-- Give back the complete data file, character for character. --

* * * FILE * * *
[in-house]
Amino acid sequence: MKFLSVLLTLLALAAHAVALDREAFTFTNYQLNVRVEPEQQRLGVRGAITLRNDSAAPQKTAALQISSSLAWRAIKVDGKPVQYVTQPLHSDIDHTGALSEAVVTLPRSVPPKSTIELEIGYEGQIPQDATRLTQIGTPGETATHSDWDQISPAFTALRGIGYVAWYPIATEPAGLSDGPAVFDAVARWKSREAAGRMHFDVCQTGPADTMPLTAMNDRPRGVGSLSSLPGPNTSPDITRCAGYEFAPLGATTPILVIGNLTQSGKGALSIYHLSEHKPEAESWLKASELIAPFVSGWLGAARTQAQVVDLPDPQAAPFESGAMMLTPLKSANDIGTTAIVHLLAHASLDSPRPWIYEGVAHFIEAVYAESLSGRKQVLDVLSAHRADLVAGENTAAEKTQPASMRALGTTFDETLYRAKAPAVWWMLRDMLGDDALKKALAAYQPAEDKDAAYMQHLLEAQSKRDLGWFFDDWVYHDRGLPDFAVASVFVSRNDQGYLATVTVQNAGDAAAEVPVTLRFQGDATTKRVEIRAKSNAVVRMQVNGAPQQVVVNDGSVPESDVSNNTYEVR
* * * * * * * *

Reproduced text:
[in-house]
Amino acid sequence: MKFLSVLLTLLALAAHAVALDREAFTFTNYQLNVRVEPEQQRLGVRGAITLRNDSAAPQKTAALQISSSLAWRAIKVDGKPVQYVTQPLHSDIDHTGALSEAVVTLPRSVPPKSTIELEIGYEGQIPQDATRLTQIGTPGETATHSDWDQISPAFTALRGIGYVAWYPIATEPAGLSDGPAVFDAVARWKSREAAGRMHFDVCQTGPADTMPLTAMNDRPRGVGSLSSLPGPNTSPDITRCAGYEFAPLGATTPILVIGNLTQSGKGALSIYHLSEHKPEAESWLKASELIAPFVSGWLGAARTQAQVVDLPDPQAAPFESGAMMLTPLKSANDIGTTAIVHLLAHASLDSPRPWIYEGVAHFIEAVYAESLSGRKQVLDVLSAHRADLVAGENTAAEKTQPASMRALGTTFDETLYRAKAPAVWWMLRDMLGDDALKKALAAYQPAEDKDAAYMQHLLEAQSKRDLGWFFDDWVYHDRGLPDFAVASVFVSRNDQGYLATVTVQNAGDAAAEVPVTLRFQGDATTKRVEIRAKSNAVVRMQVNGAPQQVVVNDGSVPESDVSNNTYEVR